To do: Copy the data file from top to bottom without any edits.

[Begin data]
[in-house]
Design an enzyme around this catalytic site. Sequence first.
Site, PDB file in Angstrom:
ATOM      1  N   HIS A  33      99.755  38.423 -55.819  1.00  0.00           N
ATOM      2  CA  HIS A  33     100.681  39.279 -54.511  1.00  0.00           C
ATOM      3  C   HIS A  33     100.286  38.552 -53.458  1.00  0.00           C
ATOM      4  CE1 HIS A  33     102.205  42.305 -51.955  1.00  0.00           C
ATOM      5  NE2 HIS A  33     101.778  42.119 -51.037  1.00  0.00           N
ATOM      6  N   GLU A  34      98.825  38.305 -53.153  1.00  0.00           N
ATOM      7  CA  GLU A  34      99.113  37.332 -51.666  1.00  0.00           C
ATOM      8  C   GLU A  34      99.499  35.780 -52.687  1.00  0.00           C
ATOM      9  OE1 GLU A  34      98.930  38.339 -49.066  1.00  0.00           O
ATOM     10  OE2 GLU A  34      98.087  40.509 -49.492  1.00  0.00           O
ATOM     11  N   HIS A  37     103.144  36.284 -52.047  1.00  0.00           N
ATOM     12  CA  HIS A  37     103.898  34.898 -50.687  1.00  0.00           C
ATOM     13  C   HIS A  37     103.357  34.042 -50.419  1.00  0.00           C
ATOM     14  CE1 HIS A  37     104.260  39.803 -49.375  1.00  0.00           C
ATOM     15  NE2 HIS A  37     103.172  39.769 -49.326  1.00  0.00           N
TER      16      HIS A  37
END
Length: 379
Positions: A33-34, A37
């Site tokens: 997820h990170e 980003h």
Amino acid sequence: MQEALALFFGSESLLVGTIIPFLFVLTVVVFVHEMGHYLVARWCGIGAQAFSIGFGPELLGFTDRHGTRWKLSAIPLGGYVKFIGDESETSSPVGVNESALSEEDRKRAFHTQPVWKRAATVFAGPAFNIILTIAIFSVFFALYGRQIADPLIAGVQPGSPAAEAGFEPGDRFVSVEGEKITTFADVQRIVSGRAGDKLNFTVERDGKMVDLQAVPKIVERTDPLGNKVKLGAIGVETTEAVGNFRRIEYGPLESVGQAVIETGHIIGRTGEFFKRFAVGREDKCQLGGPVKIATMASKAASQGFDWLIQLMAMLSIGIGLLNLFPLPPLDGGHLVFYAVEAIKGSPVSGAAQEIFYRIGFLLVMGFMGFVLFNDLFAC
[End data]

[in-house]
Design an enzyme around this catalytic site. Sequence first.
Site, PDB file in Angstrom:
ATOM      1  N   HIS A  33      99.755  38.423 -55.819  1.00  0.00           N
ATOM      2  CA  HIS A  33     100.681  39.279 -54.511  1.00  0.00           C
ATOM      3  C   HIS A  33     100.286  38.552 -53.458  1.00  0.00           C
ATOM      4  CE1 HIS A  33     102.205  42.305 -51.955  1.00  0.00           C
ATOM      5  NE2 HIS A  33     101.778  42.119 -51.037  1.00  0.00           N
ATOM      6  N   GLU A  34      98.825  38.305 -53.153  1.00  0.00           N
ATOM      7  CA  GLU A  34      99.113  37.332 -51.666  1.00  0.00           C
ATOM      8  C   GLU A  34      99.499  35.780 -52.687  1.00  0.00           C
ATOM      9  OE1 GLU A  34      98.930  38.339 -49.066  1.00  0.00           O
ATOM     10  OE2 GLU A  34      98.087  40.509 -49.492  1.00  0.00           O
ATOM     11  N   HIS A  37     103.144  36.284 -52.047  1.00  0.00           N
ATOM     12  CA  HIS A  37     103.898  34.898 -50.687  1.00  0.00           C
ATOM     13  C   HIS A  37     103.357  34.042 -50.419  1.00  0.00           C
ATOM     14  CE1 HIS A  37     104.260  39.803 -49.375  1.00  0.00           C
ATOM     15  NE2 HIS A  37     103.172  39.769 -49.326  1.00  0.00           N
TER      16      HIS A  37
END
Length: 379
Positions: A33-34, A37
């Site tokens: 997820h990170e 980003h």
Amino acid sequence: MQEALALFFGSESLLVGTIIPFLFVLTVVVFVHEMGHYLVARWCGIGAQAFSIGFGPELLGFTDRHGTRWKLSAIPLGGYVKFIGDESETSSPVGVNESALSEEDRKRAFHTQPVWKRAATVFAGPAFNIILTIAIFSVFFALYGRQIADPLIAGVQPGSPAAEAGFEPGDRFVSVEGEKITTFADVQRIVSGRAGDKLNFTVERDGKMVDLQAVPKIVERTDPLGNKVKLGAIGVETTEAVGNFRRIEYGPLESVGQAVIETGHIIGRTGEFFKRFAVGREDKCQLGGPVKIATMASKAASQGFDWLIQLMAMLSIGIGLLNLFPLPPLDGGHLVFYAVEAIKGSPVSGAAQEIFYRIGFLLVMGFMGFVLFNDLFAC